1. The Merkel, Sarkozy eurozone pledge is again short on details. On Sunday, Angela Merkel and Nicolas Sarkozy made yet another pledge to take action to solve the eurozone’s debt crisis, saying they would formulate a plan by early next month to recapitalize European banks and accelerate economic coordination in the currency bloc. However, the German and French leaders provided no details, with sources saying they still have to resolve differences over who will pay for the recapitalization and how deeply to restructure Greece’s debts.
2. Euro attention is also turning to Slovakia. While France and Germany “slug out” the details over the eurozone’s rescue fund, Slovakia has become the latest of the smaller countries to threaten the future of the region. Leaders of the governing coalition are due to meet later today in an attempt to persuade the SaS party, a junior partner, to support the expansion of the fund. However, it seems that SaS chief Richard Sulik is unconvinced: “The greatest threat to the euro is the bailout fund itself,” Sulik told Spiegel Online.
3. Dexia to be rescued. The Merkel-Sarkozy talks were given extra urgency by the woes of Dexia, whose rescue was agreed to by France, Luxembourg and Belgium last night. The latter’s government will buy the bank’s Belgian business for $5.4 B and all three countries have provided a combined guarantee of 90B euros to secure borrowing over the next 10 years. Belgium will take responsibility for 60.5% of the total, a pledge that could hit its Aa1 rating. On Friday, Moody’s warned it may downgrade Belgium because of the burden it was set to take on.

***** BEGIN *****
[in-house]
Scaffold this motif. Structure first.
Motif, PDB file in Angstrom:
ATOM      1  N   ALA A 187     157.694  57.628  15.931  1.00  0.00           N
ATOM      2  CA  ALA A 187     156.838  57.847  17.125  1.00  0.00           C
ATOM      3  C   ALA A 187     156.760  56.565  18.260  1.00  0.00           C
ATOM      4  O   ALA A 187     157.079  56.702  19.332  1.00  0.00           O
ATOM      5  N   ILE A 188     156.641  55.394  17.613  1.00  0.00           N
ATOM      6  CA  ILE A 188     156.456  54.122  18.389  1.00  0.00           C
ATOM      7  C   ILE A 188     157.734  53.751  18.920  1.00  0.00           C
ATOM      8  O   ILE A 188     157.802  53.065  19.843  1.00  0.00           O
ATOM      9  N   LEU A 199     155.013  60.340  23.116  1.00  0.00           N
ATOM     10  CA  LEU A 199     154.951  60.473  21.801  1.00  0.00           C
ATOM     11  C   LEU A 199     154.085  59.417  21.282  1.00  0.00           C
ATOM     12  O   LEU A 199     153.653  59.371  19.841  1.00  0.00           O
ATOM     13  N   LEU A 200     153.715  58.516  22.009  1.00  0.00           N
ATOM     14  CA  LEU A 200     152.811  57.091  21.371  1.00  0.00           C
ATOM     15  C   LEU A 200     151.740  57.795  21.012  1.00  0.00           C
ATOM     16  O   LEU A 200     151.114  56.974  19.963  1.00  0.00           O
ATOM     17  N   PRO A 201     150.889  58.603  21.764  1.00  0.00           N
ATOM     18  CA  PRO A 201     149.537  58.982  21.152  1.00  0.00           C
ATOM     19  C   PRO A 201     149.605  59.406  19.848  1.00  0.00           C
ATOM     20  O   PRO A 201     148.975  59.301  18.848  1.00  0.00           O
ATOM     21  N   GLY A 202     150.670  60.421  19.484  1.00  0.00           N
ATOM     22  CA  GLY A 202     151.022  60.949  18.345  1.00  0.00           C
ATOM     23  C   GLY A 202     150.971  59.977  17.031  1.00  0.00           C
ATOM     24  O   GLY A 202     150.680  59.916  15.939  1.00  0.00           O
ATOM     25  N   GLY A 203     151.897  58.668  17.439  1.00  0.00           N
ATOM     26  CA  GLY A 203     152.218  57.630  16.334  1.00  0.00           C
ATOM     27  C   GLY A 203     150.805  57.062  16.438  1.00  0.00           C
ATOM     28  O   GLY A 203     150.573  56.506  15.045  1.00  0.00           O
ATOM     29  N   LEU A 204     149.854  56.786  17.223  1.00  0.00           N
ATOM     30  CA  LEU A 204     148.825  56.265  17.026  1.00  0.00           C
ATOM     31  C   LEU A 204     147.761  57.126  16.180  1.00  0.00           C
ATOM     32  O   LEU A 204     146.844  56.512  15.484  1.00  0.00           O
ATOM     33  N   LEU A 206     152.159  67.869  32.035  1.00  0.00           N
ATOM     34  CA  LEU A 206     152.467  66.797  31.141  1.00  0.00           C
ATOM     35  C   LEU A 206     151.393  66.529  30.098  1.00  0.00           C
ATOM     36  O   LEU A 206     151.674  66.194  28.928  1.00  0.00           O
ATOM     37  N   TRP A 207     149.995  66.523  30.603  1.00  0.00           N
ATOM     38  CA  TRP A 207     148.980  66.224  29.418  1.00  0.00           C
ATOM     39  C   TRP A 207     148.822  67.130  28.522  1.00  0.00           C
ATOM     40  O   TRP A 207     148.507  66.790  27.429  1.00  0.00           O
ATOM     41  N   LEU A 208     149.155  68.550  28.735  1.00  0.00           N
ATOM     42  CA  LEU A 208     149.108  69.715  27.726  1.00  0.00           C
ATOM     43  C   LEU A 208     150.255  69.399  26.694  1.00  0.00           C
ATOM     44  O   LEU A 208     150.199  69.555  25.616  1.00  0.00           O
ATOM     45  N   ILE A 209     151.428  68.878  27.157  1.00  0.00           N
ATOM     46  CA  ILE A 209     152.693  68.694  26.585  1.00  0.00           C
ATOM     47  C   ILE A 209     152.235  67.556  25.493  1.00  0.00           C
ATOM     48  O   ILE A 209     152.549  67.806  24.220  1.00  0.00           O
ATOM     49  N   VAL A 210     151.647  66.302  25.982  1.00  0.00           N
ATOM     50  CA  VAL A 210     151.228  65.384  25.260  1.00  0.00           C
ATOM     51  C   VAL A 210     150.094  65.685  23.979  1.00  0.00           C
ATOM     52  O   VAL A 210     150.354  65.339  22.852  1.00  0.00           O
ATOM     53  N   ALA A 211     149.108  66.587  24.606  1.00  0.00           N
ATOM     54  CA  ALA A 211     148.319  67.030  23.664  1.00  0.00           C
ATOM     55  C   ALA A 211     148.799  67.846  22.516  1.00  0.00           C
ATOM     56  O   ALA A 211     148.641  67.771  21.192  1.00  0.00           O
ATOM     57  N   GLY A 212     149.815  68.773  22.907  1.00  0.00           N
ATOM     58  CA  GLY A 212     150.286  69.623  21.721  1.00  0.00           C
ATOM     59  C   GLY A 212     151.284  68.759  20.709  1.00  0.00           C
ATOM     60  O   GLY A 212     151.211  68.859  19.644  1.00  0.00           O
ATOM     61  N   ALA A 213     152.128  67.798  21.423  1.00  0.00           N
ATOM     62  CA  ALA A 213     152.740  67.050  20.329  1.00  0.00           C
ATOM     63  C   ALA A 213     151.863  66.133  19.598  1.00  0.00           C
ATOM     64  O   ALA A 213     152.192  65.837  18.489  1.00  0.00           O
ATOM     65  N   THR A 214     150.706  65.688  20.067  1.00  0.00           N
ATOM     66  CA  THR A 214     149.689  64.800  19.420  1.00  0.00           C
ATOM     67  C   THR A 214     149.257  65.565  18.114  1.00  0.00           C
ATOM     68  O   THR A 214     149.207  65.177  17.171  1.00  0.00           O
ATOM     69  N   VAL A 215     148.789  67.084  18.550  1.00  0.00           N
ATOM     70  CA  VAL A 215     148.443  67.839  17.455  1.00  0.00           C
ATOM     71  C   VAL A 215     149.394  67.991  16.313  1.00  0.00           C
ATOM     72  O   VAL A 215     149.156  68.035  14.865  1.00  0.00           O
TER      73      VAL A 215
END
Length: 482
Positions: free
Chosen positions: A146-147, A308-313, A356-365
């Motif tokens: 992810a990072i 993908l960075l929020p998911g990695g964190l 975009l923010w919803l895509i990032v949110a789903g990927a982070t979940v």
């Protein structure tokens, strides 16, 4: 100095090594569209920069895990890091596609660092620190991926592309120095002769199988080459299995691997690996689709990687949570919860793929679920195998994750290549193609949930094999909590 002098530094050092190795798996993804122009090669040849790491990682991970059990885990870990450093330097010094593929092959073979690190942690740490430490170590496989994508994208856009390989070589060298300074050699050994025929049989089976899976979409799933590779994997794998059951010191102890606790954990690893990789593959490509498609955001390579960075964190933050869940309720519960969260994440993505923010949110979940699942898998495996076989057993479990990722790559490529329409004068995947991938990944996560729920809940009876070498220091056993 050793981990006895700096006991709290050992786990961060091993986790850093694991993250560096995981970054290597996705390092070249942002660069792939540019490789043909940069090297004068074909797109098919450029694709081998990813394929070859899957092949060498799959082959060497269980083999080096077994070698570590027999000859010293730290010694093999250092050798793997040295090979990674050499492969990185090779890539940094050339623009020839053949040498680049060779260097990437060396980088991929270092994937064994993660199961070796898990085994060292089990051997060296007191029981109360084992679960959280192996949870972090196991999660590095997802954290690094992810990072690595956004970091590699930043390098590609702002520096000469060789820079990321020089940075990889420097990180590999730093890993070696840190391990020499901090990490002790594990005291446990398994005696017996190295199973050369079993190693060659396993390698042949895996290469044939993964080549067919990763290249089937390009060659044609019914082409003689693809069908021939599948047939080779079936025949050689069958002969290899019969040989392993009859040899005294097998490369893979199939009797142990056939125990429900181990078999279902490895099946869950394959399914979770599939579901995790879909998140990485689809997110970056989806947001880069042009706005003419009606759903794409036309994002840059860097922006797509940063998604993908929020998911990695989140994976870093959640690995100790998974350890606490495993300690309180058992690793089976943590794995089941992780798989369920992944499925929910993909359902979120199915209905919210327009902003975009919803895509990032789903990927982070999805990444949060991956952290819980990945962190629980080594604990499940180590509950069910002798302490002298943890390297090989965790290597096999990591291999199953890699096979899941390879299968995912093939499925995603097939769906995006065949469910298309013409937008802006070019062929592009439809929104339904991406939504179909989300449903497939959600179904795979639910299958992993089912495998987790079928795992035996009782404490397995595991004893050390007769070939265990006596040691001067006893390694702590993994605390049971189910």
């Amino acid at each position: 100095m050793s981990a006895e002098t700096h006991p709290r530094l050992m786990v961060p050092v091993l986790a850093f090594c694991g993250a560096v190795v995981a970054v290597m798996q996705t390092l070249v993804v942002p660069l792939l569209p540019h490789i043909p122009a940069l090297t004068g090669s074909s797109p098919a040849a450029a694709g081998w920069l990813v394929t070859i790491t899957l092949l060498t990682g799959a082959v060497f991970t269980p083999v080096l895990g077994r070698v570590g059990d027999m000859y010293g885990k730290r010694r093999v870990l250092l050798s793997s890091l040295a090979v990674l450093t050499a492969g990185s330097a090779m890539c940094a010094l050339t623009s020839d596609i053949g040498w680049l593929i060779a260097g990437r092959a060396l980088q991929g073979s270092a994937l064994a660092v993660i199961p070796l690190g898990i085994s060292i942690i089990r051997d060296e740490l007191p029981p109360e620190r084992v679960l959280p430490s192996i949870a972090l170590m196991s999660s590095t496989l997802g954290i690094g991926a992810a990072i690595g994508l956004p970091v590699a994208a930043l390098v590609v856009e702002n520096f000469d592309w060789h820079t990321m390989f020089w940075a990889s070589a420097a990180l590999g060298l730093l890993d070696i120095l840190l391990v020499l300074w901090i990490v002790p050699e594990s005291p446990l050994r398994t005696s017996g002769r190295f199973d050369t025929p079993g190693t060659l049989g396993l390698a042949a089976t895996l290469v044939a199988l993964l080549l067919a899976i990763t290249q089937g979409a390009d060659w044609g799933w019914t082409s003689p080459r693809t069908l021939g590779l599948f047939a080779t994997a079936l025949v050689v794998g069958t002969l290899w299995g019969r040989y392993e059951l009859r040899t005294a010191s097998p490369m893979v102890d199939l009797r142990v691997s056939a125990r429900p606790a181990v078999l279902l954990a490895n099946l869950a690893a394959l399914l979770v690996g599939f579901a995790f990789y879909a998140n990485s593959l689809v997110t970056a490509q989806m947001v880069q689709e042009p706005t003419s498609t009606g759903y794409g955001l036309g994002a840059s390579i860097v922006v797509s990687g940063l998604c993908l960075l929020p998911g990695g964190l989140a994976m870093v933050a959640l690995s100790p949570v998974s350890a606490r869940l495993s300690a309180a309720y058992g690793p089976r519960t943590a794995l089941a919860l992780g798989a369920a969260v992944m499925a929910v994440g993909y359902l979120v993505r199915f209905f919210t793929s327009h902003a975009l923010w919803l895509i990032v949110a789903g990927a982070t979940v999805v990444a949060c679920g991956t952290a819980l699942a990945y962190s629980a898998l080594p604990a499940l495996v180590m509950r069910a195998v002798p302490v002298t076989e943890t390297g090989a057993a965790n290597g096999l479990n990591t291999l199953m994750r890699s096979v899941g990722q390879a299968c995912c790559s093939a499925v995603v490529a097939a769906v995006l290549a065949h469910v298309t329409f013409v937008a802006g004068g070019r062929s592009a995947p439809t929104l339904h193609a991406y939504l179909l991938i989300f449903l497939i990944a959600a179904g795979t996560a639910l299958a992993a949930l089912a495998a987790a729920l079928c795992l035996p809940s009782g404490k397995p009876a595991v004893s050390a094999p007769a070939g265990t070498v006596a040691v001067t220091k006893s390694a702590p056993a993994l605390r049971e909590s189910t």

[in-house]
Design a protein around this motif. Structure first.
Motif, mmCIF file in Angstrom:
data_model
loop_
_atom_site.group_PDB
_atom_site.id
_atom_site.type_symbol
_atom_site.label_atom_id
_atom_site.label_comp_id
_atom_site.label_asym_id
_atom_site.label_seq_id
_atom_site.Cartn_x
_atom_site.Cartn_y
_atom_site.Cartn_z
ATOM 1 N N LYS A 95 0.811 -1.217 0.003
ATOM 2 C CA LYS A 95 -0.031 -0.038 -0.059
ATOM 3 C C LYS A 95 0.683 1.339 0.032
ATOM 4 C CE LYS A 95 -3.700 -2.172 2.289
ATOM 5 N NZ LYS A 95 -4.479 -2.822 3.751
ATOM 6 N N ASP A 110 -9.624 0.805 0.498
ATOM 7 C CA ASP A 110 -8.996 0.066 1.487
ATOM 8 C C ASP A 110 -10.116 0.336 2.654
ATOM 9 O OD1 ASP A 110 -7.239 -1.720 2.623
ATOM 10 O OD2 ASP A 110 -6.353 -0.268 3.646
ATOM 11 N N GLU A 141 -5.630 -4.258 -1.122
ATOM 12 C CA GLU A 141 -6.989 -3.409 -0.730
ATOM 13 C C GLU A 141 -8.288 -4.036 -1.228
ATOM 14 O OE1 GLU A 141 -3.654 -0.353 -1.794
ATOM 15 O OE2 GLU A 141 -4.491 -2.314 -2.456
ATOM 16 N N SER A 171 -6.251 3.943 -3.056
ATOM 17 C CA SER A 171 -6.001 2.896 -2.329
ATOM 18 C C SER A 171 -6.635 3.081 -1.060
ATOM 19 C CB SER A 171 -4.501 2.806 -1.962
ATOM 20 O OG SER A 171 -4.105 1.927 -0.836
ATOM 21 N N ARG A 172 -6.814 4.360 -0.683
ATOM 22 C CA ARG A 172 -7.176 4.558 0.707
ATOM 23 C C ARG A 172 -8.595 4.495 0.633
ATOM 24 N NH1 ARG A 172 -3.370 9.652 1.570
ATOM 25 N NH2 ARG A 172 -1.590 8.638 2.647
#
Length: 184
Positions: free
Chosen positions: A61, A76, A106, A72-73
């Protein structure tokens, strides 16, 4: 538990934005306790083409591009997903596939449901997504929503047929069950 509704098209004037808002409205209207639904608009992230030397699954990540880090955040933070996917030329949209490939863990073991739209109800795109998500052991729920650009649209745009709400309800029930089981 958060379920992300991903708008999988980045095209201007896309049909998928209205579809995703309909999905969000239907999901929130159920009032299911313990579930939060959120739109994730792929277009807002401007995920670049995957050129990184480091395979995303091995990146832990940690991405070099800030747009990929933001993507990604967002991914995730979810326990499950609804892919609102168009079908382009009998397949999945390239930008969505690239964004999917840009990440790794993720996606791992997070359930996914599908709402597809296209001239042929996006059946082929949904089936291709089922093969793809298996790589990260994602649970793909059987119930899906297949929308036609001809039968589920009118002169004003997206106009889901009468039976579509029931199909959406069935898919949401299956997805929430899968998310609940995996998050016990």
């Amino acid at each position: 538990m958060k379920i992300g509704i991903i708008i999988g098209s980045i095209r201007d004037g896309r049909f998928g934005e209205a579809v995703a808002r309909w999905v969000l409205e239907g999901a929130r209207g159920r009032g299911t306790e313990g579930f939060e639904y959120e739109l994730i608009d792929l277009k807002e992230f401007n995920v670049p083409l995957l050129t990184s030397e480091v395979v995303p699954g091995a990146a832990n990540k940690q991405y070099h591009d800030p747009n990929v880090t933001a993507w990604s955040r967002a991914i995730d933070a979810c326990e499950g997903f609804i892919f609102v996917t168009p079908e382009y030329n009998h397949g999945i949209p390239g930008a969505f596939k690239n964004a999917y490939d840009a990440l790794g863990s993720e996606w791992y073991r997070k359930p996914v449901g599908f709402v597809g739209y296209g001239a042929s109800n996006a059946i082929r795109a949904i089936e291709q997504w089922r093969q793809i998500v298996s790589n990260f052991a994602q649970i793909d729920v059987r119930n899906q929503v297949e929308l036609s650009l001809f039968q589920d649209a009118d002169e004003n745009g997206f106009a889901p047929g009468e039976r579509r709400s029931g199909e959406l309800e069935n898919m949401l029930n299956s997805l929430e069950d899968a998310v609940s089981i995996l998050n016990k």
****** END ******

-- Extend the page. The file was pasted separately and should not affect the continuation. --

4. Hedge fund Q3 performance was the worst since the 2008 crisis. The value of assets at hedge funds fell an average of 5.5% in Q3 2011, Hedge Fund Research says, with violent market swings helping cause the worst quarter since the depths of the 2008 financial crisis. And in the first nine months of 2011, funds focused on equities only provided the same returns as the S&P 500. In September, just two strategies made money out of 18 tracked: funds specializing in shorting stocks rose 6.9%, while those that took a quantitative approach to betting on interest rates and currencies inched up 0.2%.
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Note: The opinions voiced in this material are for general information and are not intended to be specific advice. Any indices such as the S & P 500 can’t be invested into directly. Past performance is no assurance of a future result.
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